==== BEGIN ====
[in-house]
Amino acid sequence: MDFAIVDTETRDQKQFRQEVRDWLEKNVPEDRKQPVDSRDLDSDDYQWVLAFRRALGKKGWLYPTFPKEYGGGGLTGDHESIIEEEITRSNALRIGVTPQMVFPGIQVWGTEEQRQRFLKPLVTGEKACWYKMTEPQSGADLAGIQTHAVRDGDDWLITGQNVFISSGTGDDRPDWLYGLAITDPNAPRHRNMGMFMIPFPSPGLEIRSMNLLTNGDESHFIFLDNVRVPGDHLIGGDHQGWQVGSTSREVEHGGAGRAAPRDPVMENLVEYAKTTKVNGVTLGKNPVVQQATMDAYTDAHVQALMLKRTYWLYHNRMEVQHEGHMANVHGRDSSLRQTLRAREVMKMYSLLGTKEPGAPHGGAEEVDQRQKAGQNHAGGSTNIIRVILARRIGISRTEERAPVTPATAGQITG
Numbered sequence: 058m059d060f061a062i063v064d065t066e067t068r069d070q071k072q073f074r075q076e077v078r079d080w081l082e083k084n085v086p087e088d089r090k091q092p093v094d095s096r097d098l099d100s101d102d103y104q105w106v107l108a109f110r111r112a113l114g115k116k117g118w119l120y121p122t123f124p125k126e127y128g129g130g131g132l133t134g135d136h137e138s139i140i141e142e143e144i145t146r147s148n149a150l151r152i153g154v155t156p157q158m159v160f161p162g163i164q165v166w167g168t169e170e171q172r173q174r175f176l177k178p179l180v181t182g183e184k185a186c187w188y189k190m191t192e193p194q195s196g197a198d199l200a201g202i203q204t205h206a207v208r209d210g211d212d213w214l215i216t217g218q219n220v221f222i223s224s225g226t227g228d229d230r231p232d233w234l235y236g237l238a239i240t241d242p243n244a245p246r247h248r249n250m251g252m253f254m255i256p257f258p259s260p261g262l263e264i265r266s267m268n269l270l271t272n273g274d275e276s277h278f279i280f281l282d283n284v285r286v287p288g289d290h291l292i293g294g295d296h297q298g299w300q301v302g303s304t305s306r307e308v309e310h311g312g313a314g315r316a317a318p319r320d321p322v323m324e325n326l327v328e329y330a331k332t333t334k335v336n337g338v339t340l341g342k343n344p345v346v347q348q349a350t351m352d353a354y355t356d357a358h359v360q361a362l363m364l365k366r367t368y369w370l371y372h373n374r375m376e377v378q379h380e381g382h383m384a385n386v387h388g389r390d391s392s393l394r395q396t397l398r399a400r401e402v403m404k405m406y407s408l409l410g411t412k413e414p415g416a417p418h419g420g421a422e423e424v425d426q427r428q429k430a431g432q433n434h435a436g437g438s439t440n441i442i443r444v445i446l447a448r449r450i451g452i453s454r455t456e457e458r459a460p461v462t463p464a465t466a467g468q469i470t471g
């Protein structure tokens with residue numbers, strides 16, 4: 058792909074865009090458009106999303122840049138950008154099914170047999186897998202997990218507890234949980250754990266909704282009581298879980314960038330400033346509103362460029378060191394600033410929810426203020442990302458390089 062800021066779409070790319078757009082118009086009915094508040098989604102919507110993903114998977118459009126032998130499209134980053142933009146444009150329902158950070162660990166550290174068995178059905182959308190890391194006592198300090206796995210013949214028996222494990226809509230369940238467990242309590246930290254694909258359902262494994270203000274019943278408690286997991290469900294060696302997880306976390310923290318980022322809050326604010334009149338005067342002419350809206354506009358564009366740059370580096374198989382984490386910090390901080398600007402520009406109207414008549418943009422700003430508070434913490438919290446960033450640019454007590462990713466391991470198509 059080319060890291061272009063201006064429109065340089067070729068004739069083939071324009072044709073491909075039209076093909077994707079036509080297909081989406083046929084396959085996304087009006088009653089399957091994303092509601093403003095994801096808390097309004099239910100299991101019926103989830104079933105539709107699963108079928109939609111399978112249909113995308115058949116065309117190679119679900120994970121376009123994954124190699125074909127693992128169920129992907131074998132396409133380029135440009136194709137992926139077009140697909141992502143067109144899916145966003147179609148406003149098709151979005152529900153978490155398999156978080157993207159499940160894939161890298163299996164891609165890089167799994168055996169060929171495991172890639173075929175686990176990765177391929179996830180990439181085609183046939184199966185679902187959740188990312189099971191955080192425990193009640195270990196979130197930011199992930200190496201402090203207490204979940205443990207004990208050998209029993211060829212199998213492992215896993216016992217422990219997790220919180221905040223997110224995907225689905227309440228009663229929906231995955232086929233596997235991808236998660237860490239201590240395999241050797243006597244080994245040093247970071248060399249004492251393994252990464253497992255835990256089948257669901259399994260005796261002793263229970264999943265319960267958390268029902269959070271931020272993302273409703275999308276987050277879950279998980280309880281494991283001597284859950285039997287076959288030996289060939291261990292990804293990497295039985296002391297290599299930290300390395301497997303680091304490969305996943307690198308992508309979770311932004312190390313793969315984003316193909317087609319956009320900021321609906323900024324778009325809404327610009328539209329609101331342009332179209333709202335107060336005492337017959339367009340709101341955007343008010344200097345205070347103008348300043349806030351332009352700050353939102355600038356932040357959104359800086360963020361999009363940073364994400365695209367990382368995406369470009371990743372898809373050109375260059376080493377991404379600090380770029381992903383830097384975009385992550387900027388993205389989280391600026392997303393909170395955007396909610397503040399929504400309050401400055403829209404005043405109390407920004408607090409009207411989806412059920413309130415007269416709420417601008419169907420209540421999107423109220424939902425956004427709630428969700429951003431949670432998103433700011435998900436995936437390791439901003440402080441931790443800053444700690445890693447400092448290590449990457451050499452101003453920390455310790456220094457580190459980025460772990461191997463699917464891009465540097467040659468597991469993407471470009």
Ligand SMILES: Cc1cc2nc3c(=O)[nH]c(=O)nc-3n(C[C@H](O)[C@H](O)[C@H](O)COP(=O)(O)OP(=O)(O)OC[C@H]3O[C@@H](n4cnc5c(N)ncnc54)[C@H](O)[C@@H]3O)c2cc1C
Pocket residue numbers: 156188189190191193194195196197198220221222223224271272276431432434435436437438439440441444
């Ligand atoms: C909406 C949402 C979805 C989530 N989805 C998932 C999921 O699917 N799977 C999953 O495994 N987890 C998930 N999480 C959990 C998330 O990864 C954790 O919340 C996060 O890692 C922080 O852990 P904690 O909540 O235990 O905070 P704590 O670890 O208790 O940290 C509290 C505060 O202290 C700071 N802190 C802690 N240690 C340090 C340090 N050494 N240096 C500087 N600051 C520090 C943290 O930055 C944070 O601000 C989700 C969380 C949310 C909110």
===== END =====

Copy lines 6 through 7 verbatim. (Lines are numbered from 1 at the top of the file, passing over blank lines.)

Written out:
Pocket residue numbers: 156188189190191193194195196197198220221222223224271272276431432434435436437438439440441444
């Ligand atoms: C909406 C949402 C979805 C989530 N989805 C998932 C999921 O699917 N799977 C999953 O495994 N987890 C998930 N999480 C959990 C998330 O990864 C954790 O919340 C996060 O890692 C922080 O852990 P904690 O909540 O235990 O905070 P704590 O670890 O208790 O940290 C509290 C505060 O202290 C700071 N802190 C802690 N240690 C340090 C340090 N050494 N240096 C500087 N600051 C520090 C943290 O930055 C944070 O601000 C989700 C969380 C949310 C909110």